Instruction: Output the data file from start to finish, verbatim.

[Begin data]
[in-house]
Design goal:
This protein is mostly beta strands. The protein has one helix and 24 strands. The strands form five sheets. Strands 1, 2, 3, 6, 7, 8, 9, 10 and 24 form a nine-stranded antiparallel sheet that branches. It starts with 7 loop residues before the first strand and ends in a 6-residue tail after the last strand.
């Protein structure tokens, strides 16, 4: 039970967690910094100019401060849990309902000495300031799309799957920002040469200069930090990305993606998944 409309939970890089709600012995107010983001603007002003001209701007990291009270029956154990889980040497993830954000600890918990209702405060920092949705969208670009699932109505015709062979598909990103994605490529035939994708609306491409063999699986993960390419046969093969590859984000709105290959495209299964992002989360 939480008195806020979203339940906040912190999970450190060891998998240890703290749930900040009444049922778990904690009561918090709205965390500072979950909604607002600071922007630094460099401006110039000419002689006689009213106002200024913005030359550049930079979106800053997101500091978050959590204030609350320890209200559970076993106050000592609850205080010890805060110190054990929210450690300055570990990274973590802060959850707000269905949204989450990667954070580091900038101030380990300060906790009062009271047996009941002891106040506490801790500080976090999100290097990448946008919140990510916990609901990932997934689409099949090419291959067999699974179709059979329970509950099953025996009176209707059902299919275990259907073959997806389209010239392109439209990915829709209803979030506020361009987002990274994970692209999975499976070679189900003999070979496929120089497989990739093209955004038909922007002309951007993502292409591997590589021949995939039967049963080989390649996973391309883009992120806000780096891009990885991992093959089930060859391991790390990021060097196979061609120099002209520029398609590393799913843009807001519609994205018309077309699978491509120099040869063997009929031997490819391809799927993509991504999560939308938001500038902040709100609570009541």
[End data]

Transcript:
[in-house]
Design goal:
This protein is mostly beta strands. The protein has one helix and 24 strands. The strands form five sheets. Strands 1, 2, 3, 6, 7, 8, 9, 10 and 24 form a nine-stranded antiparallel sheet that branches. It starts with 7 loop residues before the first strand and ends in a 6-residue tail after the last strand.
């Protein structure tokens, strides 16, 4: 039970967690910094100019401060849990309902000495300031799309799957920002040469200069930090990305993606998944 409309939970890089709600012995107010983001603007002003001209701007990291009270029956154990889980040497993830954000600890918990209702405060920092949705969208670009699932109505015709062979598909990103994605490529035939994708609306491409063999699986993960390419046969093969590859984000709105290959495209299964992002989360 939480008195806020979203339940906040912190999970450190060891998998240890703290749930900040009444049922778990904690009561918090709205965390500072979950909604607002600071922007630094460099401006110039000419002689006689009213106002200024913005030359550049930079979106800053997101500091978050959590204030609350320890209200559970076993106050000592609850205080010890805060110190054990929210450690300055570990990274973590802060959850707000269905949204989450990667954070580091900038101030380990300060906790009062009271047996009941002891106040506490801790500080976090999100290097990448946008919140990510916990609901990932997934689409099949090419291959067999699974179709059979329970509950099953025996009176209707059902299919275990259907073959997806389209010239392109439209990915829709209803979030506020361009987002990274994970692209999975499976070679189900003999070979496929120089497989990739093209955004038909922007002309951007993502292409591997590589021949995939039967049963080989390649996973391309883009992120806000780096891009990885991992093959089930060859391991790390990021060097196979061609120099002209520029398609590393799913843009807001519609994205018309077309699978491509120099040869063997009929031997490819391809799927993509991504999560939308938001500038902040709100609570009541």